FDA Safety Labeling Changes: Sarafem, Tequin, Factive

Yael Waknine

December 15, 2004

Dec. 15, 2004 — The U.S. Food and Drug Administration (FDA) approved in September revisions to safety labeling to advise healthcare professionals of the following changes: use of fluoxetine hydrochloride may cause worsening of depression/suicidality; use of gatifloxacin or gemifloxacin mesylate may be linked to prolongation of the QTc interval, peripheral neuropathy, and tendon effects.

Fluoxetine (Sarafem) May Cause Worsening of Depression/Suicidality

On Sept. 3, the FDA approved revisions to the safety labeling for fluoxetine hydrochloride pulvules (Sarafem, made by Eli Lilly) to include the warning that adult and pediatric patients with major depressive disorder may be at risk of worsening depression and/or the emergence of suicidal ideation and behavior until significant remission occurs — regardless of whether antidepressants are being taken.

Although the causal role of antidepressants in inducing such behaviors has not been established, the FDA recommends that patients being treated with these medications be monitored carefully for clinical signs of worsening depression and suicidality, especially at the initiation of therapy and during dose changes.

The FDA notes that consideration should be given to changing or discontinuing the therapeutic regimen in patients with persistently worsening depression, or suicidality that is newly emergent, severe, or abrupt in onset.

This formulation of fluoxetine is indicated for the treatment of premenstrual dysphoric disorder (PMDD).

Gatifloxacin (Tequin) and Gemifloxacin (Factive) Associated With Prolonged QTc Interval, Peripheral Neuropathy, Tendon Effects

On Sept. 9 and 14, the FDA approved revisions to the safety labeling for gatifloxacin injection and tablets and gatifloxacin in 5% dextrose injection (Tequin, made by Bristol-Myers Squibb) and gemifloxacin mesylate tablets (Factive, made by Oscient), warning of the risk of prolonged QTc intervals on electrocardiogram (ECG), peripheral neuropathy, and tendon effects associated with their use.

Fluoroquinolones such as gatifloxacin and gemifloxacin have the potential to prolong the QTc interval of the ECG in some patients. This may lead to an increased risk for ventricular arrhythmias, including torsades de pointes. The FDA has received rare reports of torsades de pointes in patients receiving quinolone therapy, most of which were associated with one or more of the following factors: age older than 60 years, female sex, underlying cardiac disease, and/or use of multiple medications.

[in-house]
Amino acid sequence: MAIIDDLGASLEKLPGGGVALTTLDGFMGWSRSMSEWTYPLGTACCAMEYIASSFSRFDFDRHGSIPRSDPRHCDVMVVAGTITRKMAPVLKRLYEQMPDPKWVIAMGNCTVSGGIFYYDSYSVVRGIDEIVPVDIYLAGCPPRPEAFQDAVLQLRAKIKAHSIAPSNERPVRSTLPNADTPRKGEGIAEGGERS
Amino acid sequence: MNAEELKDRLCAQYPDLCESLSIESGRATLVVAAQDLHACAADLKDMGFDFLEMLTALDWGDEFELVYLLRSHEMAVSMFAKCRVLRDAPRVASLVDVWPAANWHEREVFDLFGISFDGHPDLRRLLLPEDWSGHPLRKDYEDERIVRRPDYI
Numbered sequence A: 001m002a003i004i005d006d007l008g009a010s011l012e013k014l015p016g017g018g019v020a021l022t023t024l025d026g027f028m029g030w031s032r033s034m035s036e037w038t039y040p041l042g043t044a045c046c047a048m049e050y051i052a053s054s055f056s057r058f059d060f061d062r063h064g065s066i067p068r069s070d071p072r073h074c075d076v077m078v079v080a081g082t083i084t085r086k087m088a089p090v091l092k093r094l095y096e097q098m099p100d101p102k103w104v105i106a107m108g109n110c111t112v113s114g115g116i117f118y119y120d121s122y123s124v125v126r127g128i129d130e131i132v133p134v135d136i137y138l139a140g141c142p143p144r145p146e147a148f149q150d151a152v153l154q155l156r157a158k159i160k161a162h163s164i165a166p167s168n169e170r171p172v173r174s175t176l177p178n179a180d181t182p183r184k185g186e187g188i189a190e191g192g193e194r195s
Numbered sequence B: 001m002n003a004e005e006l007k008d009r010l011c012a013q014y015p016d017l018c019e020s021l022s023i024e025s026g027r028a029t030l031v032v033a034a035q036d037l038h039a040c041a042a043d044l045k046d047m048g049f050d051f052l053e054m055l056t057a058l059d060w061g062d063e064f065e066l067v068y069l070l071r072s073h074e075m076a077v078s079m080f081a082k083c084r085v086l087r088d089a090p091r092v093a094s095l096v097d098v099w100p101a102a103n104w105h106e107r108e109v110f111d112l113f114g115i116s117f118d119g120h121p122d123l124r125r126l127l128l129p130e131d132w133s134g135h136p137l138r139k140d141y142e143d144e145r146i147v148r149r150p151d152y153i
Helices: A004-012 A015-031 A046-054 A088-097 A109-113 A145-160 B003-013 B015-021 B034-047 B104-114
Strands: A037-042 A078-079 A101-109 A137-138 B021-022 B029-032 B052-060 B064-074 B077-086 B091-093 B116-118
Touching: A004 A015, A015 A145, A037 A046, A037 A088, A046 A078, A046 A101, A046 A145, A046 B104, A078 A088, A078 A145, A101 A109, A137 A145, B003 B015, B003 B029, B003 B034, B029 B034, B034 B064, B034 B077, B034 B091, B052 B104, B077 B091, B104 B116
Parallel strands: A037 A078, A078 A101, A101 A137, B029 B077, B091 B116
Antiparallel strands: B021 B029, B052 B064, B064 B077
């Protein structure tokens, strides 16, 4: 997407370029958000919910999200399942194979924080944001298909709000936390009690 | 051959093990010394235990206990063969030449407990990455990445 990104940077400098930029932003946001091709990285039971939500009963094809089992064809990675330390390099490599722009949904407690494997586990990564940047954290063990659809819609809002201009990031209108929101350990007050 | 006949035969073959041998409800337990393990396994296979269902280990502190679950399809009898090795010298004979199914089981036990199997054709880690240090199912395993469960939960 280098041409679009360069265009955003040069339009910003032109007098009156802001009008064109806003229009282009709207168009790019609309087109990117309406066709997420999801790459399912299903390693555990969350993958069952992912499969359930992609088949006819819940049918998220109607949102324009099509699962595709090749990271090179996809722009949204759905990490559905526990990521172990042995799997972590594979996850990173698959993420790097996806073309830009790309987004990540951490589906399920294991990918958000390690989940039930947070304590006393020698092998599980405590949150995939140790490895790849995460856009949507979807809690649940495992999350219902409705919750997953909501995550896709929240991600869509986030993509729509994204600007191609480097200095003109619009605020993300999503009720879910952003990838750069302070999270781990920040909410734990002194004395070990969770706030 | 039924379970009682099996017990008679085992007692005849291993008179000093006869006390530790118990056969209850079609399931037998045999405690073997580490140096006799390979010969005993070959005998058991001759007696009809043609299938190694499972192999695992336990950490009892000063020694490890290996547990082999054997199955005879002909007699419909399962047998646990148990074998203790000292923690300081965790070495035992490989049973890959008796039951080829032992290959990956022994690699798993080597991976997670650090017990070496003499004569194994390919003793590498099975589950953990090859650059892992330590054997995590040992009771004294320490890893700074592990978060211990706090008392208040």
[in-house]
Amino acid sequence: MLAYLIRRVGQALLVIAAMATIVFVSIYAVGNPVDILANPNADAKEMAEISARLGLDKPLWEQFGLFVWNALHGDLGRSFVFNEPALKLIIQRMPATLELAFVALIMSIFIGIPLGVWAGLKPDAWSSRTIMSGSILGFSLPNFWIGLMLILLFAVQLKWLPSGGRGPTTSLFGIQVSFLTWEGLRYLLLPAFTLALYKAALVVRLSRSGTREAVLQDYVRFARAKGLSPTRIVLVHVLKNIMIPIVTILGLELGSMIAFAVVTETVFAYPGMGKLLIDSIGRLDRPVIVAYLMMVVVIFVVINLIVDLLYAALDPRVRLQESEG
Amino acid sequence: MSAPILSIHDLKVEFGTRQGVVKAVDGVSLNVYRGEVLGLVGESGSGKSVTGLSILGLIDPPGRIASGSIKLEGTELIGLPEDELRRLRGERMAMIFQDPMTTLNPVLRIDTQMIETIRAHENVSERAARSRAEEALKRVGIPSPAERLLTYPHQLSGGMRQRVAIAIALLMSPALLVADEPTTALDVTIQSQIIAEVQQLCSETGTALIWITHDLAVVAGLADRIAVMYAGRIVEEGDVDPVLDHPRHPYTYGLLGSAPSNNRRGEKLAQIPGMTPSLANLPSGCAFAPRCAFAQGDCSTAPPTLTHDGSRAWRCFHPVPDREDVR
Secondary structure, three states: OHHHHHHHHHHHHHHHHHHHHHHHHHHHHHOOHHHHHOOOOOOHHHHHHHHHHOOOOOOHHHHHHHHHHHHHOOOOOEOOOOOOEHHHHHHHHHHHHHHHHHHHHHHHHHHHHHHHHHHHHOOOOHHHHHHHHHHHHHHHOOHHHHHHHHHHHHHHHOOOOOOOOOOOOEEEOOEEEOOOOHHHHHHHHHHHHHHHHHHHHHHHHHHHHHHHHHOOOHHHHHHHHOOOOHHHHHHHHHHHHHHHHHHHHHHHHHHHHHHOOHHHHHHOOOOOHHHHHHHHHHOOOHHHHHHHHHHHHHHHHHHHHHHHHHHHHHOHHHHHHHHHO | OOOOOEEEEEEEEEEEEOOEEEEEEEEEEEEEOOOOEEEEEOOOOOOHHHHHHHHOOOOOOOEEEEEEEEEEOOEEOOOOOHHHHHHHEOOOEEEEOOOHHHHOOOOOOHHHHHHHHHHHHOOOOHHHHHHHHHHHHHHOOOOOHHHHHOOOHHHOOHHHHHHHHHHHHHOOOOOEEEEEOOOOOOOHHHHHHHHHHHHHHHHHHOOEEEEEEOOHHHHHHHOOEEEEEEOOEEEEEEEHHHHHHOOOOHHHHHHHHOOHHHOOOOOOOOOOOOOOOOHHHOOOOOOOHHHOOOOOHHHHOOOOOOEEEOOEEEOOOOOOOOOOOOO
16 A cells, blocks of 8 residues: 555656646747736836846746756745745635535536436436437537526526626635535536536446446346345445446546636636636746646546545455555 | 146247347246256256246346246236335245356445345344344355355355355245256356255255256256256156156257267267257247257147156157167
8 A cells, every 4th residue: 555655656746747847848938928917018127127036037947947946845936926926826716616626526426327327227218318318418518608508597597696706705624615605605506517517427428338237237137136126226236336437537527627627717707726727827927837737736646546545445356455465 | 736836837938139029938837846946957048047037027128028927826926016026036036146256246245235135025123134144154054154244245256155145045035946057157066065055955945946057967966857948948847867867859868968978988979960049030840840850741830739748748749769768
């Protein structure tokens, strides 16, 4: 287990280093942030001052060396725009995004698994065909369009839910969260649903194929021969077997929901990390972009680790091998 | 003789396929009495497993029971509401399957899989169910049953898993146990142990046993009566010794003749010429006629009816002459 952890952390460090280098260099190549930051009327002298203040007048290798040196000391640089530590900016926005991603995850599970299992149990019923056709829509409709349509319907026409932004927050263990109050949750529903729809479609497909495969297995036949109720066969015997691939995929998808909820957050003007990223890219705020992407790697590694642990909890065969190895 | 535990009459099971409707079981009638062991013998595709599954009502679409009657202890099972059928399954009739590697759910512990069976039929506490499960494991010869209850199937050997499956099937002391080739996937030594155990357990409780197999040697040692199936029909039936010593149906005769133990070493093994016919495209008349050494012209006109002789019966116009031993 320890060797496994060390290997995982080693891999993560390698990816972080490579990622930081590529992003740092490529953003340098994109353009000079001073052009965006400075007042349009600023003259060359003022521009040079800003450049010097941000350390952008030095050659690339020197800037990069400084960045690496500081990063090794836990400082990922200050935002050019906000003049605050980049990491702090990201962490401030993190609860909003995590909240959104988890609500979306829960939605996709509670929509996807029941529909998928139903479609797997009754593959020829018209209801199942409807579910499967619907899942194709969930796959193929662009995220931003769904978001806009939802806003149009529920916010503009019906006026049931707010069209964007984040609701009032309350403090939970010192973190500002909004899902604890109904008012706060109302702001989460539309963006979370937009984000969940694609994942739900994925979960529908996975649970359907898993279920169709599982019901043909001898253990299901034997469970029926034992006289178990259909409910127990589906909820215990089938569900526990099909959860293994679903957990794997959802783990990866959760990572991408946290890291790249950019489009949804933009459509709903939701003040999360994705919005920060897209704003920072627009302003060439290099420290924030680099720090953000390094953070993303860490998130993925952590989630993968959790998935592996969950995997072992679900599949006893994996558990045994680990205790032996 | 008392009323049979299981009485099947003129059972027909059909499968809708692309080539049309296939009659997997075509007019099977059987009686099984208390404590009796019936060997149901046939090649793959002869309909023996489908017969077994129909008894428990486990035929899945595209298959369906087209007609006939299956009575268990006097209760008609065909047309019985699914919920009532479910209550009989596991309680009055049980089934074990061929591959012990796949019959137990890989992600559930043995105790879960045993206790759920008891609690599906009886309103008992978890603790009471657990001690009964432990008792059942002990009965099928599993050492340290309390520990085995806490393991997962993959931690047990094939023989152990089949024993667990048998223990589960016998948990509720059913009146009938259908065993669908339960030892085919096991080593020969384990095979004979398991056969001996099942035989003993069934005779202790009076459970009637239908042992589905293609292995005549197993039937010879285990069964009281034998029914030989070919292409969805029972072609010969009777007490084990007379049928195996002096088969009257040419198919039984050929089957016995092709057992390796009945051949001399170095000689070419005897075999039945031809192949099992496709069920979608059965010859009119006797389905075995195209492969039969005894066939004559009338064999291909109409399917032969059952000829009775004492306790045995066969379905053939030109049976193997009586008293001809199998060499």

In clinical trials, no cardiovascular morbidity or mortality attributable to QTc prolongation occurred with gatifloxacin or gemifloxacin therapy. Each trial included patients with uncorrected hypokalemia and patients concurrently receiving drugs known to prolong the QTc interval.

The FDA recommends that use of quinolones be avoided in patients receiving class 1A (quinidine, procainamide) or class 3 (amiodarone, sotalol) antiarrhythmic agents. Gatifloxacin and gemifloxacin should be used with caution in patients concurrently receiving drugs known to prolong the QTc interval (cisapride, erythromycin, antipsychotics, and tricyclic antidepressants) and in patients with ongoing proarrhythmic conditions (clinically significant bradycardia, acute myocardial ischemia).

Because the magnitude of QTc prolongation increases with increasing concentrations of the drug, the FDA advises that recommended dose and intravenous infusion rates not be exceeded, particularly in renally impaired patients.

The FDA has also received rare postmarketing reports of sensory or sensorimotor axonal polyneuropathy affecting small and/or large axons and resulting in paresthesias, hypoesthesias, dysesthesias, and weakness in patients receiving quinolone therapy.

Gatifloxacin and gemifloxacin should be discontinued in patients experiencing symptoms of neuropathy, including pain, burning, tingling, numbness, and/or weakness, or having deficits in light touch, pain, temperature, position sense, vibratory sensation, and/or motor strength in order to prevent the development of an irreversible condition.

Ruptures of shoulder, hand, Achilles, and other tendons resulting in prolonged disability or requiring surgical repair have also been reported in patients receiving quinolone therapy. According to the FDA, the reports indicate that risk of tendon rupture may be increased in patients receiving concomitant steroids, particularly in those of advanced age.

The FDA advises that gatifloxacin and gemifloxacin should be discontinued in patients experiencing pain, inflammation, or tendon rupture. Patients should rest and refrain from exercise until tendonitis and tendon rupture have been excluded from the diagnosis.

Gatifloxacin and gemifloxacin are fluoroquinolone antibiotics indicated in the treatment of acute bacterial exacerbations of chronic bronchitis, and community acquired pneumonia caused by susceptible gram-negative and gram-positive bacterial strains. Gatifloxacin is also indicated in the treatment of acute sinusitis, skin and soft tissue infections, urinary tract infections, pyelonephritis, and gonorrhea.

Reviewed by Gary D. Vogin, MD


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